By Karen Roush, MS, RN, FNP, clinical managing editor
For most patients and in most clinical situations, decision making is and should be a shared process between the patient and the clinician (and often the family). But there are some cases when we, expert clinicians versed in scientific and experiential knowledge, need to make a decision for the patient—not out of some paternalistic idea of our authority or superiority, but because the patient really wants or needs us to take on that burden.
I was six months pregnant with my second child. The pregnancy had gone smoothly, which was a blessing after having delivered my first child 10 weeks premature following two weeks spent in a tertiary care center. That pregnancy had been problematic from the beginning—early bleeding, and then a hemorrhage at five months, at which time they’d diagnosed me with placenta previa. It was one of those pregnancies where you were thankful for each additional day that brought you closer to the nine-month mark.
But this time, everything was going smoothly—no bleeding or cramps, an active baby that ultrasounds confirmed was growing well . . . until one morning in February, when I started with cramps that progressed to pain and a lot of pressure. An hour later, I was in the labor and delivery suite. The cramping and pain had stopped, but an exam revealed that the amniotic sac had slipped down through a dilated cervix.
I was only at 20 weeks’ gestation; if born, the baby would have no chance of survival. The key was time. If I could get to 24 weeks—at that time considered the earliest point of viability—they would send me down to Albany Medical Center, the tertiary care center where my first son was born.
The plan was to keep me in Trendelenburg position in the hope that the amniotic sac would slide back into the uterus by gravity, at which point my obstetrician would do a cervical cerclage to hold it there until the baby was viable outside the womb.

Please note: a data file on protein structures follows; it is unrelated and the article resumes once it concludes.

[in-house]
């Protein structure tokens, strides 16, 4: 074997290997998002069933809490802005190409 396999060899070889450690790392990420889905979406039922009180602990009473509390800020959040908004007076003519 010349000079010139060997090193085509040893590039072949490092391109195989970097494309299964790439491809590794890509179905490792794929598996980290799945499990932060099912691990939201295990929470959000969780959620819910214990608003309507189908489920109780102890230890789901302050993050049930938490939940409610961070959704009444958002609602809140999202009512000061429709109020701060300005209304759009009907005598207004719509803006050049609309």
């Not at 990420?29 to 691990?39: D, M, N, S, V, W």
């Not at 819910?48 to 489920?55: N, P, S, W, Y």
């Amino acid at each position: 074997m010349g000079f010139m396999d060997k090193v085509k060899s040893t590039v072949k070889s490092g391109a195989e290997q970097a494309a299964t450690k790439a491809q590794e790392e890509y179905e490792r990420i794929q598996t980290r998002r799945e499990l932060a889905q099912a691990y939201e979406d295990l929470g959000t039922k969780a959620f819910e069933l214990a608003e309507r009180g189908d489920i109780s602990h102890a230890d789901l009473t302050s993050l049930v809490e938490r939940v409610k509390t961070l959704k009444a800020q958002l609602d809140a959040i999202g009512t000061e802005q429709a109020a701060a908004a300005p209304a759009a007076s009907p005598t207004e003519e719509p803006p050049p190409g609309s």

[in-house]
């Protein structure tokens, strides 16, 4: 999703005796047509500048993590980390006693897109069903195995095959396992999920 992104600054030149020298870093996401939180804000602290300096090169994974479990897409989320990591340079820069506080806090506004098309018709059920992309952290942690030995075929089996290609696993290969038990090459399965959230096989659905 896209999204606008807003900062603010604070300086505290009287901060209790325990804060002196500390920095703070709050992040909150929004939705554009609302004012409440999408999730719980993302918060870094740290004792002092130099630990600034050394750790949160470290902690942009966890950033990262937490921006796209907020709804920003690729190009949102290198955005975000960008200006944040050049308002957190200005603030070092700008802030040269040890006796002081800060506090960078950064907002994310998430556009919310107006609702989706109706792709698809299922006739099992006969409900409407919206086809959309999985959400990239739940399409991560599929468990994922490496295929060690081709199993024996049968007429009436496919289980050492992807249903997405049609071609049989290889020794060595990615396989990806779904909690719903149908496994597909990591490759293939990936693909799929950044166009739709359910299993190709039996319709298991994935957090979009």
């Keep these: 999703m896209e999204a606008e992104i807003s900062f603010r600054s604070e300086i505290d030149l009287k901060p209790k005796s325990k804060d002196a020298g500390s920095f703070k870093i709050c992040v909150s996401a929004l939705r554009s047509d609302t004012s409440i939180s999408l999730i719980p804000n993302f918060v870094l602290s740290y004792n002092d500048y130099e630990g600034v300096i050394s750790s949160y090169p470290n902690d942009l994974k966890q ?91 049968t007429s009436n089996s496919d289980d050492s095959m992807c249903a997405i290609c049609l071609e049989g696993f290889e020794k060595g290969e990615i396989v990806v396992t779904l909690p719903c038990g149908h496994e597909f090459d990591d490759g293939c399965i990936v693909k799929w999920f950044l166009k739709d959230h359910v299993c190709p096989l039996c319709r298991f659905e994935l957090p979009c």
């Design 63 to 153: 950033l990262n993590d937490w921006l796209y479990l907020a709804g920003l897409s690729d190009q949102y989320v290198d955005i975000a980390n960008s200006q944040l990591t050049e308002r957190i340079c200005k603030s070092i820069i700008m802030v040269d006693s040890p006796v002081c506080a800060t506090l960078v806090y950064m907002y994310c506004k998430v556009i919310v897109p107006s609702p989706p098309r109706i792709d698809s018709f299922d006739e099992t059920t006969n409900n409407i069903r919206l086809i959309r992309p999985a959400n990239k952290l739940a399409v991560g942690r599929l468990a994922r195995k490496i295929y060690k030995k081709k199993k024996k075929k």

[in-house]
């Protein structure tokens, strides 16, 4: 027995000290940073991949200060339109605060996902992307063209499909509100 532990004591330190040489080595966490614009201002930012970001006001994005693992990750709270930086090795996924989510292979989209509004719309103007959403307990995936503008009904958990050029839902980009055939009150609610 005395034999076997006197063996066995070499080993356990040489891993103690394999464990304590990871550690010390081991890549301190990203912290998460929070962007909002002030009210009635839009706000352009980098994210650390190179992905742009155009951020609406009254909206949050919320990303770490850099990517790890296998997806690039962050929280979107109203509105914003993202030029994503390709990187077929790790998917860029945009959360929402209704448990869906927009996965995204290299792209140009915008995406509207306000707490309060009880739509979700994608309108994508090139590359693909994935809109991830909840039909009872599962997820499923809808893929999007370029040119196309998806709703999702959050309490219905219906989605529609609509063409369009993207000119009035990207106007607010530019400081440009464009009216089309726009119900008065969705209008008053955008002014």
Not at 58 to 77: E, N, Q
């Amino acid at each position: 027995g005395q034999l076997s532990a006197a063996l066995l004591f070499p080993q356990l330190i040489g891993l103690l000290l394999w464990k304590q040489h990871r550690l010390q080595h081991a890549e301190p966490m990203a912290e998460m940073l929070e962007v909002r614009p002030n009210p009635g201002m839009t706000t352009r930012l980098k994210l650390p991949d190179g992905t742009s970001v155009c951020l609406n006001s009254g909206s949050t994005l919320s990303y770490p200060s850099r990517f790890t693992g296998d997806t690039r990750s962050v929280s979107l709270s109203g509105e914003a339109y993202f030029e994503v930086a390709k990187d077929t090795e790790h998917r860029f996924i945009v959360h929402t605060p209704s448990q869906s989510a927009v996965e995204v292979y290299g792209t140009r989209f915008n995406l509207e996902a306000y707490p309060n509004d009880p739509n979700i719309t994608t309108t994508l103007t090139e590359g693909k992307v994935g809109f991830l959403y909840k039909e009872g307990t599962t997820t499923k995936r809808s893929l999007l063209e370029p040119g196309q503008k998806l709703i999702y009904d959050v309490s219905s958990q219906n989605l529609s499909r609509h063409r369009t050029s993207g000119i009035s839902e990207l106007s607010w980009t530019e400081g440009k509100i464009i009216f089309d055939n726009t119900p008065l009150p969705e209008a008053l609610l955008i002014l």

Or maybe my obstetrician wouldn’t. There was a risk that cerclage would stimulate my already irritable uterus, sending it into contractions that couldn’t be stopped. I knew this because my obstetrician had told me the risks of both watchful waiting and cerclage, informing me that if gravity accomplished what we wanted, I would have to choose between them. Every morning, he would come into the room, assess me, and remind me that soon I would have to decide.
For two weeks I lay semi–upside down, afraid to move. What seemed hopeless at the beginning became ever more hopeful as each day passed and the amniotic sac gradually receded until it was almost completely back inside the uterus. Reckoning day was upon me, and I agonized over what to do, seesawing from certainty for one approach to certainty for the other, but mostly feeling uncertain, confused, and scared.
I never had to make the decision. After what happened next, cerclage was no longer an option. One day while using the bedpan I looked down and saw the baby’s head, inside the placental sac, protruding at the vaginal os. I screamed for the nurse and cried for hours and then decided not to eat. No food meant no bowel movements, was how I figured it. My thought process was that I would do anything to save my baby, and if my health suffered for it I would have plenty of time after the baby was born to get well again.
No, I was not being rational. And yet it was in a state of mind much like this that I had been expected to make a decision that required the ability to assimilate complicated information, weigh the pros and cons, and evaluate risk, a decision that could mean the difference between whether my child lived or died.
That experience taught me a valuable lesson. It can be a great responsibility to be faced with ambiguity and decide for one option and then own the outcome. To push that responsibility onto a vulnerable patient who isn’t ready for it or can’t handle it at the time is unfair and can cause undue distress for the patient.
Part of being a clinician is facing the responsibility to make the right decision. I’m not talking here about the right decision in the clinical sense (though, of course, that too), but a decision that is right for that individual patient in that circumstance. To do that, we have to know their values, their expectations, their comfort with risk, their capabilities, and their personal philosophy regarding health-related quality of life. And we have to be aware of the values and beliefs we hold that may influence our clinical decision making so that we can be more objective and patient centered when called upon to make clinical choices for our patients.
I’m not sure why the physician back then was so reluctant to make a decision. He was young and I think inexperience was a factor. Maybe he didn’t want to accept the risk of making the wrong choice. So he pushed that risk onto me, a vulnerable frightened mother desperate to save her baby.
A few days later I was in an ambulance on my way to Albany Medical Center, where the physician who had delivered my first child talked through the options with me and then quickly made a decision about how to proceed (no cerclage, even if the amniotic sac receded again). It was the first time since admission that I’d felt safe and confident that, whatever the outcome, we were doing the right thing.